The Sudanese government has hired and equipped local Arab militia known as the Janjaweed to target the civilian population for extermination. These local fighters share the ideals of the government and seek to destroy the livelihoods and means of survival of the non-Arabic Sudanese people. The attacks typically start with government aircraft bombing and firing upon a village. Afterwards, the militias enter and kill as many as they can, driving the rest into the desert without provisions to die of starvation, thirst, and disease. In fact, the highest death toll comes from this forced flight. Many displaced people flee to neighboring Chad, or remote refugee camps, but many more perish along the deadly route. Following the attacks, returning survivors find their entire villages burned down, fields burned and rendered unusable, and water supplies contaminated with corpses, thus depriving them of the necessities of life. These tragedies are no match for the horrors that take place during the actual attack. Instead of bullets, the Janjaweed use modified nails whose sole purpose is to maim and mutilate, rather than kill. Many in the international community do not view the Sudanese conflict as their problem, unwilling to directly intervene in this internal affair. But why isn’t the international community more engaged? The fact is, the Sudanese President and the Janjaweed are accused of crimes against humanity, but they have not been arrested nor prosecuted in the International Criminal Court because this would require military action to capture them. However, with a government that blocks humanitarian aid, bombs civilian targets, uses rape as a weapon, and enslaves women and children, it is clear that this is not just a conflict between the government and rebel groups. It is genocide.

Walrus and Carpenter Essay

Deception is the mother of all evil, especially when it is children that are being deceived by adults. Innocent and trusting children should be protected and sheltered from those that would do them harm. Lewis Carroll lived at a time when children were often exploited and mistreated. He wanted to warn children of this danger, using a poem to emphasize his message. In “The Walrus and the Carpenter”, Lewis Carroll uses figurative language and rhetoric to stress the importance of being aware that unfamiliar adults might try to abuse their power and exploit children.

Carroll uses several forms of figurative language to convey this message including personification and foreshadowing. The use of animals as main characters is meant to attract children to the story, and he uses personification to give the animals traits of people that they represent. One example is that the Oysters in the poem represent children. When the Walrus convinces the Oysters to go for a walk with him, he says, “We cannot do with more than four, /To give a hand to each.” (35-36). The fact that the Walrus wants to hold the hands of the Oysters indicates that they represent children because children hold the hands of adults when walking. If the oysters had been adults, the walrus would not have needed to hold the hands of the oysters. However, since the Walrus is going to hold the hands of the oysters, this suggests that they are in reality children. Besides using personification, Carroll applies foreshadowing quite extensively and effectively. When the Walrus beseeches the Oysters to come and walk with him, the eldest Oyster “winked his eye, /And shook his heavy head” (39-40). This reaction by the eldest, and presumably wisest Oyster, foretells that something is amiss with the Walrus’ offer and that something bad is going to happen to the Oysters. Going further, the Walrus stops to talk of many things, including “why the sea is boiling hot” (65). Clearly, the Walrus intends to boil and eat the poor, little Oysters. These literary devices indicate that this poem is about unfamiliar adults who deceive and harm children. In this way, Lewis Carroll is able to deliver his message of caution to children.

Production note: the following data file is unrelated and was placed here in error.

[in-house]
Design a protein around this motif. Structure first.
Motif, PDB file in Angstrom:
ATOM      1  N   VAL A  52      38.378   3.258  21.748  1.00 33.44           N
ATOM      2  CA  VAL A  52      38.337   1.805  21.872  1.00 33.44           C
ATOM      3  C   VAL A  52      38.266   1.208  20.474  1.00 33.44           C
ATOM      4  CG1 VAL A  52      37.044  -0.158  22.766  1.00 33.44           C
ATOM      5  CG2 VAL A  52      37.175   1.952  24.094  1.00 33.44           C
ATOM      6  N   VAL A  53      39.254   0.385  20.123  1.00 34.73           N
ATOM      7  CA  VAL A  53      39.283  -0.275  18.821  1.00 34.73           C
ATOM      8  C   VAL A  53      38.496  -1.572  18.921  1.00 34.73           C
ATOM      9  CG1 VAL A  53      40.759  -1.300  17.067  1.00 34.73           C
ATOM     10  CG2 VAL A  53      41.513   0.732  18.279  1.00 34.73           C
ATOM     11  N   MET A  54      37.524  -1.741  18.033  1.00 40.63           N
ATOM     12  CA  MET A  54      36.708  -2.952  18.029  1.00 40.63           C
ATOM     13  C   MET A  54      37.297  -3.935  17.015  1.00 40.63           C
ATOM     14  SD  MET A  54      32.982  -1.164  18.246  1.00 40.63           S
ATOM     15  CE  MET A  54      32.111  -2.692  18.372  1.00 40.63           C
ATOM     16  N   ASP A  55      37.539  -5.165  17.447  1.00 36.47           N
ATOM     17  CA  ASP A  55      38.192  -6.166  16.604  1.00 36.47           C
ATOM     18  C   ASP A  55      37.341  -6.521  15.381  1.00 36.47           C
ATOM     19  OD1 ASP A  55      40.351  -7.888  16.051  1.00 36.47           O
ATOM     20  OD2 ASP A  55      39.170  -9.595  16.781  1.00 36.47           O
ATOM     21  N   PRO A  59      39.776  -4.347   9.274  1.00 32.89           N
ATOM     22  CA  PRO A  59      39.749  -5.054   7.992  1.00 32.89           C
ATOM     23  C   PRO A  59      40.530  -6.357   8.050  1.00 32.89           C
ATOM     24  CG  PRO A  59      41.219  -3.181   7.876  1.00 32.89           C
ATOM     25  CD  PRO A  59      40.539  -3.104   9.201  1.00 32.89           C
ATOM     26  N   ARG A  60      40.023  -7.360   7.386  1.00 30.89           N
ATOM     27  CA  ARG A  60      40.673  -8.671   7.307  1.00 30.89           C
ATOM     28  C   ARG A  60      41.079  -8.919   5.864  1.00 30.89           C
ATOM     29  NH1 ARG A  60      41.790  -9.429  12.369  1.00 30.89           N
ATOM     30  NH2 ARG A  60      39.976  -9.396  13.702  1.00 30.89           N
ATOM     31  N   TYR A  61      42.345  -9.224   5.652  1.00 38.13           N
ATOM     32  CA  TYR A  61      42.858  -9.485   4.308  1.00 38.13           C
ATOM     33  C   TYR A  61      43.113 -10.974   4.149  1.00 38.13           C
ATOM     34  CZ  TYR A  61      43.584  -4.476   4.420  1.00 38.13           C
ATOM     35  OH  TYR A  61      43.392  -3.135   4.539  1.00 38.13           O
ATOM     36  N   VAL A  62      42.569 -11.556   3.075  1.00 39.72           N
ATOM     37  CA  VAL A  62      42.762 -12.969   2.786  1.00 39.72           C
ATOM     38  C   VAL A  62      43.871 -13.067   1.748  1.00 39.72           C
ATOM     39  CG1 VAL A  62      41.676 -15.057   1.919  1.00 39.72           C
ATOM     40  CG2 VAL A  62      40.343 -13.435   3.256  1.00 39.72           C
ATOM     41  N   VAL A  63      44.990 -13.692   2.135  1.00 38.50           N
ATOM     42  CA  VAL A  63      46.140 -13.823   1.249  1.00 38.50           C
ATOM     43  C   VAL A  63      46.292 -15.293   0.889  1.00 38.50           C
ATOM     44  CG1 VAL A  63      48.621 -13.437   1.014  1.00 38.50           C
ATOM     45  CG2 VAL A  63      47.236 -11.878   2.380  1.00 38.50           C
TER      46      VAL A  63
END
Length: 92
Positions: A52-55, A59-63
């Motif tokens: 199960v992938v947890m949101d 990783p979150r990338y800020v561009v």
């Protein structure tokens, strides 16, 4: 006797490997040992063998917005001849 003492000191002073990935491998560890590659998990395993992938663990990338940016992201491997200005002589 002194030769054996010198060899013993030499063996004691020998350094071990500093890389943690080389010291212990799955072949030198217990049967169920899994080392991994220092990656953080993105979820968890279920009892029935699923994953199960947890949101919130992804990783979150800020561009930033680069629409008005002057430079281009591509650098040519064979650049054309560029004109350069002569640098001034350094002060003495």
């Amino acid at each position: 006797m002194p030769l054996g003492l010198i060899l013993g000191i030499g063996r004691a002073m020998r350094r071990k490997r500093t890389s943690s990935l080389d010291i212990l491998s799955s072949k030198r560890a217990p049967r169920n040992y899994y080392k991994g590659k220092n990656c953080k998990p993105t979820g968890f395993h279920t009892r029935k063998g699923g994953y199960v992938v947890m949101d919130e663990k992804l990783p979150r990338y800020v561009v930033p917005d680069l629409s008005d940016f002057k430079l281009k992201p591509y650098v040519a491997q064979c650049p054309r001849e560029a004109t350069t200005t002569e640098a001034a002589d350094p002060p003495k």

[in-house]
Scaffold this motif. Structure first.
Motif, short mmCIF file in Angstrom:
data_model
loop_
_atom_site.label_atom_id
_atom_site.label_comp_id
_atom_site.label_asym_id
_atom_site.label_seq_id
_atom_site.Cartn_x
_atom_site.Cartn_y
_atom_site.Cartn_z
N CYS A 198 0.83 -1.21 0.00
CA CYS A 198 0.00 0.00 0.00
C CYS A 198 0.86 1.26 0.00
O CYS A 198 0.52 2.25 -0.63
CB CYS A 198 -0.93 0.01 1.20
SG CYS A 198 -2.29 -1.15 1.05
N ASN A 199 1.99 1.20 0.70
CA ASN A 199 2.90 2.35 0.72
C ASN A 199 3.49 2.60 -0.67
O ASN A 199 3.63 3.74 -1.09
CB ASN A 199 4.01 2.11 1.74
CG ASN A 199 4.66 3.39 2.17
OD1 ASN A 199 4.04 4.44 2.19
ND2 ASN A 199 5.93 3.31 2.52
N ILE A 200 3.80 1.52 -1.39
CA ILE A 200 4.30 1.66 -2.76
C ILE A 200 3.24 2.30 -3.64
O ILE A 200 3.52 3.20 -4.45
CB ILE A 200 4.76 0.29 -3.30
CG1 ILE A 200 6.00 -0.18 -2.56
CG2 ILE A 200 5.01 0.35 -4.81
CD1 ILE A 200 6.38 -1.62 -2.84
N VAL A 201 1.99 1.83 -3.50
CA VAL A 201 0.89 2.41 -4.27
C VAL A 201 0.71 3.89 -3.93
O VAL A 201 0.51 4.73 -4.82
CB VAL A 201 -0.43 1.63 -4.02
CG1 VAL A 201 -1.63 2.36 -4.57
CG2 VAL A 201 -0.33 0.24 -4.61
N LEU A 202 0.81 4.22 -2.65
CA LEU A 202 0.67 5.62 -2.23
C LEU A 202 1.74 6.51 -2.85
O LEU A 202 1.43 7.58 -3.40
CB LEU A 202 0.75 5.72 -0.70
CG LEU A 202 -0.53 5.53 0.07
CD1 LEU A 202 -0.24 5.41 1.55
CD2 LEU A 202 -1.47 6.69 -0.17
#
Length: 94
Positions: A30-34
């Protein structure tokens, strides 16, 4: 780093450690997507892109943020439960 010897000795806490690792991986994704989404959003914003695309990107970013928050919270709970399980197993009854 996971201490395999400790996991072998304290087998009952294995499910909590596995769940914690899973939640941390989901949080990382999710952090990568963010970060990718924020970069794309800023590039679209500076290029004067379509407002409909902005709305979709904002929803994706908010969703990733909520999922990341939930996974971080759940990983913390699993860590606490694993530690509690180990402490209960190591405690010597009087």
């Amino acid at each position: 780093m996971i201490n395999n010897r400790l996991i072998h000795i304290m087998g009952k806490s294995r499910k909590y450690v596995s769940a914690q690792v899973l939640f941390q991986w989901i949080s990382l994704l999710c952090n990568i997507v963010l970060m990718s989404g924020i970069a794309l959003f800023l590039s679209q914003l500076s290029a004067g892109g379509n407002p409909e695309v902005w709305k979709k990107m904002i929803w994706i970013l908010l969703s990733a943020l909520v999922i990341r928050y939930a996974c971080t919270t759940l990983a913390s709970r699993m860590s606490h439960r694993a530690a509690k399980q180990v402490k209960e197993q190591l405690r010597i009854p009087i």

Rhetorical arguments are also employed by Carroll to deliver this message. He uses logos when the Walrus tries to convince the Oysters to go with him by saying that it is just “A pleasant walk, a pleasant talk,” (33). The Walrus is trying to appeal to the Oysters sense of logic that it is fitting to take a stroll on the beach with him, which is exactly what the Oysters do. This is similar to the way that a predatory adult might tempt a child to go with him willingly. Once they have “Walked on a mile or so,” (56), the Oysters stopped to rest “And waited in a row.” (60). The Oysters see nothing dangerous, as stopping for a rest seems logical after walking for a mile. Similarly, in Carroll’s world, children might see no danger if the unfamiliar adult behaves normally. Finally, the Walrus tells the Oysters that “We can begin to feed.” (72), to which the Oysters reply “But not on us!” (73). The reality finally strikes the Oysters that the Walrus intends to eat them, just as deceived children eventually realize the horrible intentions of their adult exploiters. Through this technique, Lewis Carroll uses logos to weave a complex idea into a children’s poem.

In conclusion, Carroll is able to deliver a warning to children to be wary of unfamiliar adults, as some may seek to exploit them. He engages children by telling a story about animals, and then uses literary and rhetorical devices such as personification, foreshadowing, and logos. Lewis Carroll cared for the welfare of children, and was able to deliver his message of caution through this poem.